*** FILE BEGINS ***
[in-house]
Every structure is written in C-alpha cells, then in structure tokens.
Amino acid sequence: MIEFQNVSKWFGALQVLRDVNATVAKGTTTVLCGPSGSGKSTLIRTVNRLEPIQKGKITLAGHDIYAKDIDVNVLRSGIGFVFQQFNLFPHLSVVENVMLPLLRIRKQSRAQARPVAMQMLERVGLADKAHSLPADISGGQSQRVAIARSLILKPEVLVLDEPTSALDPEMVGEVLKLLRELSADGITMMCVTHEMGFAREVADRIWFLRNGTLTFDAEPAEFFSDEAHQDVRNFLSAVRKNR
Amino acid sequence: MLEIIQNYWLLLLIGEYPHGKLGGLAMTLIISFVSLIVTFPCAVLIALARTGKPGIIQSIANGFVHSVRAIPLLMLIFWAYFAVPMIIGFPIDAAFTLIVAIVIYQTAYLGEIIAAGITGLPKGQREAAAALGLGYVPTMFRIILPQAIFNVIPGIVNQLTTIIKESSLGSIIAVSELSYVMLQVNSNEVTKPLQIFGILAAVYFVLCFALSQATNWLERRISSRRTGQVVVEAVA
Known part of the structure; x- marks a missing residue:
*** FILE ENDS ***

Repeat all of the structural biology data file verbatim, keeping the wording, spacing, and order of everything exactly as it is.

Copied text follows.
[in-house]
Every structure is written in C-alpha cells, then in structure tokens.
Amino acid sequence: MIEFQNVSKWFGALQVLRDVNATVAKGTTTVLCGPSGSGKSTLIRTVNRLEPIQKGKITLAGHDIYAKDIDVNVLRSGIGFVFQQFNLFPHLSVVENVMLPLLRIRKQSRAQARPVAMQMLERVGLADKAHSLPADISGGQSQRVAIARSLILKPEVLVLDEPTSALDPEMVGEVLKLLRELSADGITMMCVTHEMGFAREVADRIWFLRNGTLTFDAEPAEFFSDEAHQDVRNFLSAVRKNR
Amino acid sequence: MLEIIQNYWLLLLIGEYPHGKLGGLAMTLIISFVSLIVTFPCAVLIALARTGKPGIIQSIANGFVHSVRAIPLLMLIFWAYFAVPMIIGFPIDAAFTLIVAIVIYQTAYLGEIIAAGITGLPKGQREAAAALGLGYVPTMFRIILPQAIFNVIPGIVNQLTTIIKESSLGSIIAVSELSYVMLQVNSNEVTKPLQIFGILAAVYFVLCFALSQATNWLERRISSRRTGQVVVEAVA
Known part of the structure; x- marks a missing residue: